Cancer is the second leading cause of death globally, accounting for an estimated 9.6 million deaths, or one in six deaths in 2018[1]. Recent statistics show that lung, bowel, breast and prostate cancers account for almost half of all cancers in the UK[2]. Half of the people diagnosed with cancer in England and Wales survive the disease for 10 years or more, receiving exceptional care and treatment from medical professionals.

[1] https://www.who.int/health-topics/cancer#tab=tab_1

[2] https://www.cancerresearchuk.org/health-professional/cancer-statistics-for-the-uk#heading-One

What mistakes lead to cancer negligence claims?

A medical professional treating you owes you a duty of care to prevent harm being suffered by you.

There are many different mistakes that may be made, which could lead to a “breach of duty of care” by a medical professional. To prove that negligence has occurred, it would need to be shown that the breach of duty of care caused you harm, that was otherwise avoidable.

Cases often involve a patient seeing their GP because they are worried about their symptoms, but the GP then fails to recognise that their symptom or collective symptoms are indicative of cancer, and an onward referral to an appropriate specialist is not made. This can lead to delays in diagnosis and treatment.

If you suspect that you have symptoms of any form of cancer, you should see you GP. If the GP is concerned, you should be referred to the appropriate specialist, and seen within two weeks.

Other examples of cancer related negligence include:

  • Misdiagnosis: where a client is misdiagnosed with cancer, or is misdiagnosed with a different condition; or
  • Delays in diagnosis: where test results are misread, or are not attributed to a potential cancer diagnosis, leading to delays in diagnosis and treatment.

What are the most commonly misdiagnosed cancers?

In the UK, the most commonly misdiagnosed cancers are:

Colorectal (or Bowel) Cancer

Between 2015 and 2017, there were 42,317 new cases of Colorectal cancer. There are a number of diagnosis that replicate colorectal cancer symptoms, such as haemorrhoids, irritable bowel syndrome and inflammatory bowel disease.

Pancreatic Cancer

Between 2015 and 2017, there were 10,257 new cases of pancreatic cancer. Common misdiagnoses can be irritable bowel syndrome, gallstones or pancreatitis.

How we can help:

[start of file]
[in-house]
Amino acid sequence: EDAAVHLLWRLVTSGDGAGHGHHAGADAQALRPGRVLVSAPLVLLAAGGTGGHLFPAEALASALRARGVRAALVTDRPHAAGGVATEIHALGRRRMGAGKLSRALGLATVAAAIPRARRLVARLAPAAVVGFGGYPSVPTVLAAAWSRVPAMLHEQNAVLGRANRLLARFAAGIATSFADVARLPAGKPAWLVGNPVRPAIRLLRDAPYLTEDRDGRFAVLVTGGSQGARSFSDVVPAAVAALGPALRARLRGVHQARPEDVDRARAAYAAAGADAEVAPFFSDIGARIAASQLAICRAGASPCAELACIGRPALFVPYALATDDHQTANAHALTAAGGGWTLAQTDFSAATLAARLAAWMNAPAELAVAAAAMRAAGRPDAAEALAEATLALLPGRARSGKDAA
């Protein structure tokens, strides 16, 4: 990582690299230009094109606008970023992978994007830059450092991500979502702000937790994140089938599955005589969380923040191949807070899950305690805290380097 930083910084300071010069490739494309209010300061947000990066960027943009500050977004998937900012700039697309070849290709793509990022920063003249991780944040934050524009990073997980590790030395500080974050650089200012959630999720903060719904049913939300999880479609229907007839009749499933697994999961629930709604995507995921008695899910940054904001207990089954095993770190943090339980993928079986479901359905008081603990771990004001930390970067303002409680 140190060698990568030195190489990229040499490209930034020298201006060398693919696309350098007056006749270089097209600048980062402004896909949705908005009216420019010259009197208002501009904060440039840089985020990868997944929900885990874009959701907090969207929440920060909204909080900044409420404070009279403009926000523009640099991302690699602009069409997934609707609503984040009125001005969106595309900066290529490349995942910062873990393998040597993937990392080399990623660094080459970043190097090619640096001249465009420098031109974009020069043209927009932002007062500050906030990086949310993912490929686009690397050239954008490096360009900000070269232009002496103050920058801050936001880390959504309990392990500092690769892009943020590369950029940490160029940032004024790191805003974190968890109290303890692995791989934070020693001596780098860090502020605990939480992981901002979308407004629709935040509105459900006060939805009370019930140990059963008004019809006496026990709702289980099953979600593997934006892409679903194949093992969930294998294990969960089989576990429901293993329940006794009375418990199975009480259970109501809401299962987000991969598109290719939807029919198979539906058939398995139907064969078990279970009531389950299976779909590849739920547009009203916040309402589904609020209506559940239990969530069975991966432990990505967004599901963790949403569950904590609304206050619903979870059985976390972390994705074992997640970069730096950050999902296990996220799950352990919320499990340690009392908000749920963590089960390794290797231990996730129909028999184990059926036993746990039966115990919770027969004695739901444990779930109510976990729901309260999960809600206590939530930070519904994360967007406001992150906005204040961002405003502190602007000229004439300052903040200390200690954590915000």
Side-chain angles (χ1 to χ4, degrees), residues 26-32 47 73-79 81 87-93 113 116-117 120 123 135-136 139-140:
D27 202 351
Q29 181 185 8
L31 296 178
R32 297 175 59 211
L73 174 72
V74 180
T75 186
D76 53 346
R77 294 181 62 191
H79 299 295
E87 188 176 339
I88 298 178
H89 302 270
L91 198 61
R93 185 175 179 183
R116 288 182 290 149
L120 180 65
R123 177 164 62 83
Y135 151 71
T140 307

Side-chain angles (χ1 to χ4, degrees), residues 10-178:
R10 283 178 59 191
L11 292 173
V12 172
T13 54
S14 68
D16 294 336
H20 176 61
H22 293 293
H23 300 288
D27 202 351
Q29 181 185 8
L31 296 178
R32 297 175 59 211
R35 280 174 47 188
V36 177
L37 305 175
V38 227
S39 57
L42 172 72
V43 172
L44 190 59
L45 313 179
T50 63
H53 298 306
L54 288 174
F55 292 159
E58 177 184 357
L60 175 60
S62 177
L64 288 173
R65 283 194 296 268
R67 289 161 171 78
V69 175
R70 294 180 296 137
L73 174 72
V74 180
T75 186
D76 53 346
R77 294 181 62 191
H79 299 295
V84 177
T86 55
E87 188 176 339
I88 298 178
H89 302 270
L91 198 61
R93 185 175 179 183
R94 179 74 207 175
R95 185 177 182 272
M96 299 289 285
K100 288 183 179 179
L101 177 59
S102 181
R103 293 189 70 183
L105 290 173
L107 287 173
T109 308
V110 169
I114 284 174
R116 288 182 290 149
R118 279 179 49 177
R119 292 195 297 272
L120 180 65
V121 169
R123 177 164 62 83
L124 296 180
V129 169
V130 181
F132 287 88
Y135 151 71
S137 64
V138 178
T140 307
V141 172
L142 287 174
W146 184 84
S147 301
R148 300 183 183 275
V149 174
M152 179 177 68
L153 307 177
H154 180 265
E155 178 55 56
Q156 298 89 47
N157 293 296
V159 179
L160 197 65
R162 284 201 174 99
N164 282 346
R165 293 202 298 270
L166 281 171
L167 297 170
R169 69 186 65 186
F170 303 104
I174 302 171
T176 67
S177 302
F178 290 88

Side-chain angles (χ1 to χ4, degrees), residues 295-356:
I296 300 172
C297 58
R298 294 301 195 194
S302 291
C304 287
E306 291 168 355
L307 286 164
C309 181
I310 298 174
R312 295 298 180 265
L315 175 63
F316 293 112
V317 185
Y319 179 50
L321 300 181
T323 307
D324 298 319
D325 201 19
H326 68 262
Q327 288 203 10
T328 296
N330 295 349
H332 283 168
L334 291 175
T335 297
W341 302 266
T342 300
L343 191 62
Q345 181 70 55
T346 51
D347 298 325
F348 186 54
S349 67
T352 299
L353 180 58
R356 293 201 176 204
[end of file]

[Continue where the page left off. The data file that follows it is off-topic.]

Your claim is about you and the impact that the missed or delayed diagnosis has made to your life and your family, we are here to listen to your concerns so we can fight your corner and use our expert knowledge to help you to bring your claim for compensation.

We have many years’ experience with cancer negligence claim; common types of cancer cases we deal with include:

Female Cancers:

  • Breast Cancer
  • Cervical Cancer
  • Ovarian Cancer

Male Cancers:

  • Testicular Cancer
  • Prostate Cancer

Other Cancers:

  • Lung Cancer
  • Bladder Cancer
  • Bowel Cancer

If you have a loved one who has passed a way as a result of cancer, and you believe there may have been some negligence on behalf of their treating doctors, you may still be entitled to compensation. Our lawyers understand the trauma to a family when a loved one is lost and we will do everything we can to help you, with care and sensitivity.

How do I pay for my claim?

In the majority of cases, we are able to help you on a ‘no-win-no-fee’ basis. Contact our team today for a free consultation.

Covid-19 and delayed cancer diagnoses

It is difficult to be critical in the current climate and unlikely that suspension of cancer screening (for example) could give rise to a case but if you or a loved one has concerns that that signs or symptoms have been missed, or that treatment that should have been available was delayed unnecessarily, or even that NHS guidance regarding prioritisation and delivery of treatment was misapplied, speak to us and we will try to find a way through with you.

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Cancer Diagnosis Legal Case

JZ’s Story : Delay in diagnosis of bladder cancer

JZ had been suffering from blood in his urine and episodes of nocturnal enuresis (involuntary urination that occurs at night) so he attended his GP

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